Updated: 12/31/2013 7:44 PM
Created: 12/31/2013 7:21 PM WNYT.com
By: Steve Flamisch
QUEENSBURY – Two days before Christmas, two fire trucks pulled into Lake George Plaza on Route 9 with emergency lights flashing. Firefighters told Emily Murray and the other employees in her store to leave the building.
When the workers stepped outside, they realized the store was not on fire. The evacuation was actually an elaborate ruse. A moment later, West Glens Falls volunteer firefighter Kevin Bruster asked Murray to marry him. She said yes.
Queensbury Town Supervisor Ron Montesi told NewsChannel 13 he is happy for the couple, but he questioned the use of fire department equipment and personnel – and the insurance liability – of the proposal.
"Is it good judgment? I would say no," Montesi said Tuesday. "People will look at that and say, 'Taxpayer money doing something like that? What if they were in an accident? What if we needed them for a fire?'"
Bruster and Murray did not respond to requests for comment Tuesday. West Glens Falls Volunteer Fire Chief Mike Gordon did not return a phone call, but he spoke to NewsChannel 13’s media partners at the Post Star earlier this week.
"I stand by what I did in this situation," Chief Gordon told the newspaper in a story published Tuesday morning. "If a taxpayer has any concerns, they should contact me. I have an open door policy."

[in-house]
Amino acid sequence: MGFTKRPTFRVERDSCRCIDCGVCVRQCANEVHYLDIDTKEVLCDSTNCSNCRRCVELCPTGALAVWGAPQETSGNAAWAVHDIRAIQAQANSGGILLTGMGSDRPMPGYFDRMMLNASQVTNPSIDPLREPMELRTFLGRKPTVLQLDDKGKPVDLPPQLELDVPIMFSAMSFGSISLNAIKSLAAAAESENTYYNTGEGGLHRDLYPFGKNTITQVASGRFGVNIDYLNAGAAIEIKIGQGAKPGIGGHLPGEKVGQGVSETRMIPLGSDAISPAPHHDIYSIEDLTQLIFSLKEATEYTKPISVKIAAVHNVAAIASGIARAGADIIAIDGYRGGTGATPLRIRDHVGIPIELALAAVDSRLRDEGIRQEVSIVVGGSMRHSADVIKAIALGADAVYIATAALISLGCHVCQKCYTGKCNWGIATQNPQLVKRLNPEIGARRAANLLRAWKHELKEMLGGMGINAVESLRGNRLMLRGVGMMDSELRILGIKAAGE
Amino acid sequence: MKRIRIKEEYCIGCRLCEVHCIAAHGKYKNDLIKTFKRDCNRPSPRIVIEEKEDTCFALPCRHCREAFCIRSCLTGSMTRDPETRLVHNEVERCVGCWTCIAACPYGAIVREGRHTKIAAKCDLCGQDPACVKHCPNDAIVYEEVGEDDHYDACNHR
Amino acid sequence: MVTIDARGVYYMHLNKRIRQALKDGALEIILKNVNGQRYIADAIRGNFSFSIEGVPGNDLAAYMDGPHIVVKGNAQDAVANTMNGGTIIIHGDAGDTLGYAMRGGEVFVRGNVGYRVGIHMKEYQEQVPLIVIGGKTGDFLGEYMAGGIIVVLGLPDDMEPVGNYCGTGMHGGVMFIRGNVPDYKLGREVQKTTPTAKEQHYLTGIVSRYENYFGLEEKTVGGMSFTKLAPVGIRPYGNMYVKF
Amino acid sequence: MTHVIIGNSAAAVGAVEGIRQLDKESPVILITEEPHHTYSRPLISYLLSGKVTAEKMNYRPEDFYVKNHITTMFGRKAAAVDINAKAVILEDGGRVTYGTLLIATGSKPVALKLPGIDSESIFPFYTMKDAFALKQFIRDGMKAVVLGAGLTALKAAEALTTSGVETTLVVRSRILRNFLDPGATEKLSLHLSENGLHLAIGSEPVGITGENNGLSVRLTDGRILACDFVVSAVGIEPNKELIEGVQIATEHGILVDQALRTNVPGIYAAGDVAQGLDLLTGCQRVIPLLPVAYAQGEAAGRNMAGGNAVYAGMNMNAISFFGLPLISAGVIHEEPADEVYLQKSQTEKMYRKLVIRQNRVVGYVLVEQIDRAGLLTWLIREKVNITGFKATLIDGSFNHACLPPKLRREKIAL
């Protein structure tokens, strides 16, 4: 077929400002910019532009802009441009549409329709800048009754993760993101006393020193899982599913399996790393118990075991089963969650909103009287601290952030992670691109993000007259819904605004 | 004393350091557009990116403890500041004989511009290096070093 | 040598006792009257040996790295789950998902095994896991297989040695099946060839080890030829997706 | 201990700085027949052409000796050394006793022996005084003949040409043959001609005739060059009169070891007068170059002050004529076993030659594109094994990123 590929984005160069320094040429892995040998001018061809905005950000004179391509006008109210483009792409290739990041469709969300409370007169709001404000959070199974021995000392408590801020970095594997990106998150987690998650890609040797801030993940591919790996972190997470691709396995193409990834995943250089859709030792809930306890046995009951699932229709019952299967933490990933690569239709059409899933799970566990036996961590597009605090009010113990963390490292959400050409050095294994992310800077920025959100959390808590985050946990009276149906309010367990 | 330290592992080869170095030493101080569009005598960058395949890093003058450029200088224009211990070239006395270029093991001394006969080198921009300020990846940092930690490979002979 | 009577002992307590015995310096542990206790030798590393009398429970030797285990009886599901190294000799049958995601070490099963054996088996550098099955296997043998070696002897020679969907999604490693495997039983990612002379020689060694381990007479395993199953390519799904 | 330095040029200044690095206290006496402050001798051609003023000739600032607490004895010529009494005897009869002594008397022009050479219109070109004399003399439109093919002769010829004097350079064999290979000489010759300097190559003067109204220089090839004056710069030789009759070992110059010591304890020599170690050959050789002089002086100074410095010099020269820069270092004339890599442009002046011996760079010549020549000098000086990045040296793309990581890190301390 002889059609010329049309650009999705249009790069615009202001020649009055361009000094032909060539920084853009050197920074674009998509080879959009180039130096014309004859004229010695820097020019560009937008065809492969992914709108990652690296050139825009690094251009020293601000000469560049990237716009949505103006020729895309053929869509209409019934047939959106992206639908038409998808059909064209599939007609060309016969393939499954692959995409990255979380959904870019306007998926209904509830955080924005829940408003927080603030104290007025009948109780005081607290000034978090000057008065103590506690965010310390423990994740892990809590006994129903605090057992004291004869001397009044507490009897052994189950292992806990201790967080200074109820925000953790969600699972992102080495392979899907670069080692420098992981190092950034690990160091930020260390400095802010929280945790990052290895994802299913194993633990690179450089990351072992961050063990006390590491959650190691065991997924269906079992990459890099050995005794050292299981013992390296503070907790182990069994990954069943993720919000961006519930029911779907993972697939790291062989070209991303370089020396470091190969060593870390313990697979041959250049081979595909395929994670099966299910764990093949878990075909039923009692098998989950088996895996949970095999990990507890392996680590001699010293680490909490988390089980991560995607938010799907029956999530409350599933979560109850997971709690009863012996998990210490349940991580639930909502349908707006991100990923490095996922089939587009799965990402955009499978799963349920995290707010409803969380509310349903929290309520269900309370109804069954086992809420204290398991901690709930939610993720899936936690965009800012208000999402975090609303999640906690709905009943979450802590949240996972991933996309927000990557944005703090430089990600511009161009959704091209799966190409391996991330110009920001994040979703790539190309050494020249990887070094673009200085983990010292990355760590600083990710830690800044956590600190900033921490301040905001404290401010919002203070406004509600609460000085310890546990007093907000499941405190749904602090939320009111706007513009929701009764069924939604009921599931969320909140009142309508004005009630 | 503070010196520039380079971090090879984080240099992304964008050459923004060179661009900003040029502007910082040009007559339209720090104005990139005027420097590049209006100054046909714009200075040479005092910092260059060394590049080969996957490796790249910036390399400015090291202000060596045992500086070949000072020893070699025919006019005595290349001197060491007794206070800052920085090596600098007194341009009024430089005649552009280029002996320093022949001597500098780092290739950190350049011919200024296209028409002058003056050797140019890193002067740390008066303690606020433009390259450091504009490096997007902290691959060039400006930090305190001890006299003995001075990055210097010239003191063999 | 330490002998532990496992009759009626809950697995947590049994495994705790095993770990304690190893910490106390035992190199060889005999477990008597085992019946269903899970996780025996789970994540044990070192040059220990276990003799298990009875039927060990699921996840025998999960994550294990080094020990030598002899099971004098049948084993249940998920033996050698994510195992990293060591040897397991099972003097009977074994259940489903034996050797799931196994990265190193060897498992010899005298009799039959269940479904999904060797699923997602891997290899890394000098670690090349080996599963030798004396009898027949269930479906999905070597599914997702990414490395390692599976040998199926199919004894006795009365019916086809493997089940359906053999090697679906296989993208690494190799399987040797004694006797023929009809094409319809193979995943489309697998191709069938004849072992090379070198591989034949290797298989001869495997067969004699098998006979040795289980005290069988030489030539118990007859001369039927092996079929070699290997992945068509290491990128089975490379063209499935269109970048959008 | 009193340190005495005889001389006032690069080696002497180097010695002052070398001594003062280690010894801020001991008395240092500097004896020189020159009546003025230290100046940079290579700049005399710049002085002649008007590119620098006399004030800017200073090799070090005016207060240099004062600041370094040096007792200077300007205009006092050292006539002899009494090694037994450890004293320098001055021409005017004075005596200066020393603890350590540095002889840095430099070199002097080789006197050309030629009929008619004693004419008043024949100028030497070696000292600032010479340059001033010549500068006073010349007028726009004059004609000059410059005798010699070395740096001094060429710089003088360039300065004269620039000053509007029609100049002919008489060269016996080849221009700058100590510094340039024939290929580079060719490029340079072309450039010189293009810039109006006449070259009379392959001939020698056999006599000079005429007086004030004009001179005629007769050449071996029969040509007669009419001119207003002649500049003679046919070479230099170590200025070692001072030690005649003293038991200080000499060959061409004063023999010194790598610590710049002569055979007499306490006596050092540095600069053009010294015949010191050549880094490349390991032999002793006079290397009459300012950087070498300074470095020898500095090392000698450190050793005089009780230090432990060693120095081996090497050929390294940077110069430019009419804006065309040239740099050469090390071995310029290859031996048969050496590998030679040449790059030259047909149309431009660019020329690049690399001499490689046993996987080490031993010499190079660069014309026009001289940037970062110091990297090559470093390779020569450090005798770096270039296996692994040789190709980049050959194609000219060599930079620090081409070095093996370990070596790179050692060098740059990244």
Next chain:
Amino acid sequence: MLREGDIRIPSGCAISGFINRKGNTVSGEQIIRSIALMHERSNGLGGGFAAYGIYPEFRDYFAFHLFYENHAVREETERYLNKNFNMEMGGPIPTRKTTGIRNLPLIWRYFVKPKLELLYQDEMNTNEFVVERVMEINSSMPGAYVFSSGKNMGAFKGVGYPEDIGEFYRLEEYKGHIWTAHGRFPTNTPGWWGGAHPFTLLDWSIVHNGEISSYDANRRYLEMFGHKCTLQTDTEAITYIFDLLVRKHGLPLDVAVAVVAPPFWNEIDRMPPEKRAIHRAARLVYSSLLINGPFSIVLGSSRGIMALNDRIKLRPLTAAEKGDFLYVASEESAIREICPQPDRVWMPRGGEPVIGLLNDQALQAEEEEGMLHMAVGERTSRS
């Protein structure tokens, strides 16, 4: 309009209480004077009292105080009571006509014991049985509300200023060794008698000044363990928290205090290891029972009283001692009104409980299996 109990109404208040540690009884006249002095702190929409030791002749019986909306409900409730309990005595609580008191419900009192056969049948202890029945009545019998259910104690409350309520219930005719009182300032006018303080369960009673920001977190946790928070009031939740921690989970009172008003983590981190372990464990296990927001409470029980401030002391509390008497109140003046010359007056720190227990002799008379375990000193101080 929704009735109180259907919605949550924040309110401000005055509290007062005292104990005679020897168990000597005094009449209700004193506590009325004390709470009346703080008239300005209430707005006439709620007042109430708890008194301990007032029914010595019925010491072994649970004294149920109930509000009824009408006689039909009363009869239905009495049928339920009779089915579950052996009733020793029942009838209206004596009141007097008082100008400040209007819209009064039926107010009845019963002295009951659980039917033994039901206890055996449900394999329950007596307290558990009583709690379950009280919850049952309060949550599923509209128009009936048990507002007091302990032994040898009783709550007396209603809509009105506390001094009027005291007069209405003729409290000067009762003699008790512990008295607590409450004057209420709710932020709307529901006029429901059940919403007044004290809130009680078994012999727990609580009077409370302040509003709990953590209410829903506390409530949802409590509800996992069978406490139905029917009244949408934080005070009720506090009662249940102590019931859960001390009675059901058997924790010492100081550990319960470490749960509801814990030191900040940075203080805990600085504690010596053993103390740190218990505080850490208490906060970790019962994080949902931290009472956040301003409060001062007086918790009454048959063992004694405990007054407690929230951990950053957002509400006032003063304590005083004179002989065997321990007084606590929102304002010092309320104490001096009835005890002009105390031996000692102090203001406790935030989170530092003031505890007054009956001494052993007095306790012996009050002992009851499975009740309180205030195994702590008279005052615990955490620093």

The Queensbury Central Volunteer Fire Department also sent a truck to the proposal. Chief Adam Norton did not return a phone call Tuesday, but he recently dismissed critics’ concerns, telling the Post Star it’s "none of their business."
Supervisor Montesi acknowledged the town has used volunteer fire trucks for non-emergency calls: bringing Santa Claus to Town Hall for the annual tree-lighting ceremony, escorting the Queensbury High School football team home from winning a state championship.
He said those situations differ from the marriage proposal because they are "public uses" of the equipment and personnel. Montesi said it’s possible the town will review the issue of "personal" uses, though he admitted it’s a sensitive subject.
"There’s a kind of brotherhood that exists with the firemen, so you have to respect that, and respect the fact that they’re volunteers," he said. "So how far you want to push the issue of – 'Should we demand that they don’t use the fire trucks anymore?' – I'm not sure."
If anything does change, it will not be on Montesi’s watch. The former town board member, who was appointed supervisor when Dan Stec left to become a state assemblyman, did not run for the seat in the fall election. His term expires at midnight.
Democrat John Strough will take over as town supervisor on Wednesday. He did not return a phone call Tuesday seeking comment on the firefighter’s marriage proposal. Strough selected Montesi, a Republican, to be his deputy supervisor.